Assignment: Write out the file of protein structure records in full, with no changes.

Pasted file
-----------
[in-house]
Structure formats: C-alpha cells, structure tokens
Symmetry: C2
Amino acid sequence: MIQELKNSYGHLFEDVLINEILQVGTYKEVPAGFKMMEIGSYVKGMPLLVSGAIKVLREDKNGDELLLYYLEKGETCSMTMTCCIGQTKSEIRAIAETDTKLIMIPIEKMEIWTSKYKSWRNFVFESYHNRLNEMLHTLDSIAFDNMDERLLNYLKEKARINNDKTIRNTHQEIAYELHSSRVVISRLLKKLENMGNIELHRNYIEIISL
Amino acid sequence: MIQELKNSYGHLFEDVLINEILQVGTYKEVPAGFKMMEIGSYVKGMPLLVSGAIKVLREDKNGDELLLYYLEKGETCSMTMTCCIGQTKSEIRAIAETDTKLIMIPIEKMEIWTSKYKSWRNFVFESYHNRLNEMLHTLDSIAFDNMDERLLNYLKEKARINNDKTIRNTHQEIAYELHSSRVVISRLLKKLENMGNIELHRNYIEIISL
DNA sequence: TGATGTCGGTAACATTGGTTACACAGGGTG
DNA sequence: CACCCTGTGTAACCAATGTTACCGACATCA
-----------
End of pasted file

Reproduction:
[in-house]
Structure formats: C-alpha cells, structure tokens
Symmetry: C2
Amino acid sequence: MIQELKNSYGHLFEDVLINEILQVGTYKEVPAGFKMMEIGSYVKGMPLLVSGAIKVLREDKNGDELLLYYLEKGETCSMTMTCCIGQTKSEIRAIAETDTKLIMIPIEKMEIWTSKYKSWRNFVFESYHNRLNEMLHTLDSIAFDNMDERLLNYLKEKARINNDKTIRNTHQEIAYELHSSRVVISRLLKKLENMGNIELHRNYIEIISL
Amino acid sequence: MIQELKNSYGHLFEDVLINEILQVGTYKEVPAGFKMMEIGSYVKGMPLLVSGAIKVLREDKNGDELLLYYLEKGETCSMTMTCCIGQTKSEIRAIAETDTKLIMIPIEKMEIWTSKYKSWRNFVFESYHNRLNEMLHTLDSIAFDNMDERLLNYLKEKARINNDKTIRNTHQEIAYELHSSRVVISRLLKKLENMGNIELHRNYIEIISL
DNA sequence: TGATGTCGGTAACATTGGTTACACAGGGTG
DNA sequence: CACCCTGTGTAACCAATGTTACCGACATCA